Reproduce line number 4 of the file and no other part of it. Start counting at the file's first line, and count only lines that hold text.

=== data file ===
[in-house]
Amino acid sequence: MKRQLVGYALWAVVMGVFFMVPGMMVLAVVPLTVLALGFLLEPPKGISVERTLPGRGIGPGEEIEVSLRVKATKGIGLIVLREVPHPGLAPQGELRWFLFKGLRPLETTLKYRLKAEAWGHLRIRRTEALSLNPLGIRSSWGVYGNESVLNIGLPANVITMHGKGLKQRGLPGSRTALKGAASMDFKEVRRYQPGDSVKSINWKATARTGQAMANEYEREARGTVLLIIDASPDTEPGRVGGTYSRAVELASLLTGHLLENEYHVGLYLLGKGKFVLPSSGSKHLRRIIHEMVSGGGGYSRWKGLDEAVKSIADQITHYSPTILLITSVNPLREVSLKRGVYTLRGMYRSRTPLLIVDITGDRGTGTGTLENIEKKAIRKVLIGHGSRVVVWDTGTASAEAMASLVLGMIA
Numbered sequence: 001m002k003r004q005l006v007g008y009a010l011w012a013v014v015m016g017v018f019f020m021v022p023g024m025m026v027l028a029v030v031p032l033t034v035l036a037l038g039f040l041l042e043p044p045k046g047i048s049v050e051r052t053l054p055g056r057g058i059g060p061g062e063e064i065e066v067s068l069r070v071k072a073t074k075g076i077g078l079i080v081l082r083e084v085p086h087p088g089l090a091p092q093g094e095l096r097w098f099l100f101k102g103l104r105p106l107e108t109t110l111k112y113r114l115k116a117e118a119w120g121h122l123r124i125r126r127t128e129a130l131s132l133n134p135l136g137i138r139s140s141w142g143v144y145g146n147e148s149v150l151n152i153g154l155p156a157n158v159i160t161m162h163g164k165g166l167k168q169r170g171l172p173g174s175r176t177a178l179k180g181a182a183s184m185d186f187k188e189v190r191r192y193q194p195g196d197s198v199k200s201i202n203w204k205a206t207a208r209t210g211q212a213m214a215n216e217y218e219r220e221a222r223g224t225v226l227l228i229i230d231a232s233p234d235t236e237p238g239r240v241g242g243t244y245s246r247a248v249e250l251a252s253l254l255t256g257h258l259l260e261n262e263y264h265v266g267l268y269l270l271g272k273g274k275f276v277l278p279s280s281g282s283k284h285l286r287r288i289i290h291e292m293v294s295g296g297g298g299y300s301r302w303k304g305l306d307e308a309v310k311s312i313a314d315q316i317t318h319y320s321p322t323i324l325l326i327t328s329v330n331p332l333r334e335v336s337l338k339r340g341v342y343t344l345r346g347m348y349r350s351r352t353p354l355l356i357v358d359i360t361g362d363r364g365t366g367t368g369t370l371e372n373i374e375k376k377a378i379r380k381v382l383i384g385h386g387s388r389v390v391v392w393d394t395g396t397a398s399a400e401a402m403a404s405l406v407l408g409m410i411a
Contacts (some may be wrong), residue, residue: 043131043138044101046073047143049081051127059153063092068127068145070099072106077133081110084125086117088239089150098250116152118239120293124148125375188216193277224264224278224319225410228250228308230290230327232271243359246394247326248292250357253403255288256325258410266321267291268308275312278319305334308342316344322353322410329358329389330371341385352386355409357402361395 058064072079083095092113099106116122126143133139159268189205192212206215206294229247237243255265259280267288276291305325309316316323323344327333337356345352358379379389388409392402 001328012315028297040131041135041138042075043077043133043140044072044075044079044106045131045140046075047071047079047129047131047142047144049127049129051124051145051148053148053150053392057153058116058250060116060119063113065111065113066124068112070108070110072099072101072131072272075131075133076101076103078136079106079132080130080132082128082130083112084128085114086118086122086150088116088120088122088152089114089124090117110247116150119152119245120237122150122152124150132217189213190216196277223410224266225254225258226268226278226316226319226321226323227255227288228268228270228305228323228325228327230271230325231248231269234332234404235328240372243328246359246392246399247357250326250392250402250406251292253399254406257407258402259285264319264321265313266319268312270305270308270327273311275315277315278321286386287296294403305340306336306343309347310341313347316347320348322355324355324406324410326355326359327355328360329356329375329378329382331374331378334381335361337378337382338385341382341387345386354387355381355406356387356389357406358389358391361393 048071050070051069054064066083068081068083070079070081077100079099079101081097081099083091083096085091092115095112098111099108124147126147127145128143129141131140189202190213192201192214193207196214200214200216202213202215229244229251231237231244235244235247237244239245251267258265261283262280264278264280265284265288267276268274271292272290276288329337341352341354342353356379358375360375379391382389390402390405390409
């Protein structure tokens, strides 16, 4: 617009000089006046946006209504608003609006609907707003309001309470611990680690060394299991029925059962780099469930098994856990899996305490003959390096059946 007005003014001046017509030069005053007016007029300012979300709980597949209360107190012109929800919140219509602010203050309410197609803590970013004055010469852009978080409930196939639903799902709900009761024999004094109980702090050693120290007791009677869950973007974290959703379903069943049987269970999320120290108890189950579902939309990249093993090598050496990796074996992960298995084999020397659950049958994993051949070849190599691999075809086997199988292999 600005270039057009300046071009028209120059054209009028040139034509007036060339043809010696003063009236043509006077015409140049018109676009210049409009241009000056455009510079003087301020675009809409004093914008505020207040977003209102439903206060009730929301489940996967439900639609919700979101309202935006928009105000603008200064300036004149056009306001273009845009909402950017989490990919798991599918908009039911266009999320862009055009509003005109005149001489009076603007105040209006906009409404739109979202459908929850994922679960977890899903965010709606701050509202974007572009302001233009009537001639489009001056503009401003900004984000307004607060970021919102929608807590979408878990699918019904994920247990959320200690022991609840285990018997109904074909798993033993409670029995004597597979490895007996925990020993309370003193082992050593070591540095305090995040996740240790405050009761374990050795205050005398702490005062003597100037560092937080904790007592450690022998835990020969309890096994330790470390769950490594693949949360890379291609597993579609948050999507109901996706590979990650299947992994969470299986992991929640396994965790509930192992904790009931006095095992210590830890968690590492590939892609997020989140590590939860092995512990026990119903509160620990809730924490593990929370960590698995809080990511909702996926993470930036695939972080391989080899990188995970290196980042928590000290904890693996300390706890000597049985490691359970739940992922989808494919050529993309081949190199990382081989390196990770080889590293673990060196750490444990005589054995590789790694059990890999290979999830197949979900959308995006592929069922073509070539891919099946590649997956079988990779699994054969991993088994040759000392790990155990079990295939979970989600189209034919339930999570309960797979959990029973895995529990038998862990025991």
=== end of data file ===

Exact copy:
Contacts (some may be wrong), residue, residue: 043131043138044101046073047143049081051127059153063092068127068145070099072106077133081110084125086117088239089150098250116152118239120293124148125375188216193277224264224278224319225410228250228308230290230327232271243359246394247326248292250357253403255288256325258410266321267291268308275312278319305334308342316344322353322410329358329389330371341385352386355409357402361395 058064072079083095092113099106116122126143133139159268189205192212206215206294229247237243255265259280267288276291305325309316316323323344327333337356345352358379379389388409392402 001328012315028297040131041135041138042075043077043133043140044072044075044079044106045131045140046075047071047079047129047131047142047144049127049129051124051145051148053148053150053392057153058116058250060116060119063113065111065113066124068112070108070110072099072101072131072272075131075133076101076103078136079106079132080130080132082128082130083112084128085114086118086122086150088116088120088122088152089114089124090117110247116150119152119245120237122150122152124150132217189213190216196277223410224266225254225258226268226278226316226319226321226323227255227288228268228270228305228323228325228327230271230325231248231269234332234404235328240372243328246359246392246399247357250326250392250402250406251292253399254406257407258402259285264319264321265313266319268312270305270308270327273311275315277315278321286386287296294403305340306336306343309347310341313347316347320348322355324355324406324410326355326359327355328360329356329375329378329382331374331378334381335361337378337382338385341382341387345386354387355381355406356387356389357406358389358391361393 048071050070051069054064066083068081068083070079070081077100079099079101081097081099083091083096085091092115095112098111099108124147126147127145128143129141131140189202190213192201192214193207196214200214200216202213202215229244229251231237231244235244235247237244239245251267258265261283262280264278264280265284265288267276268274271292272290276288329337341352341354342353356379358375360375379391382389390402390405390409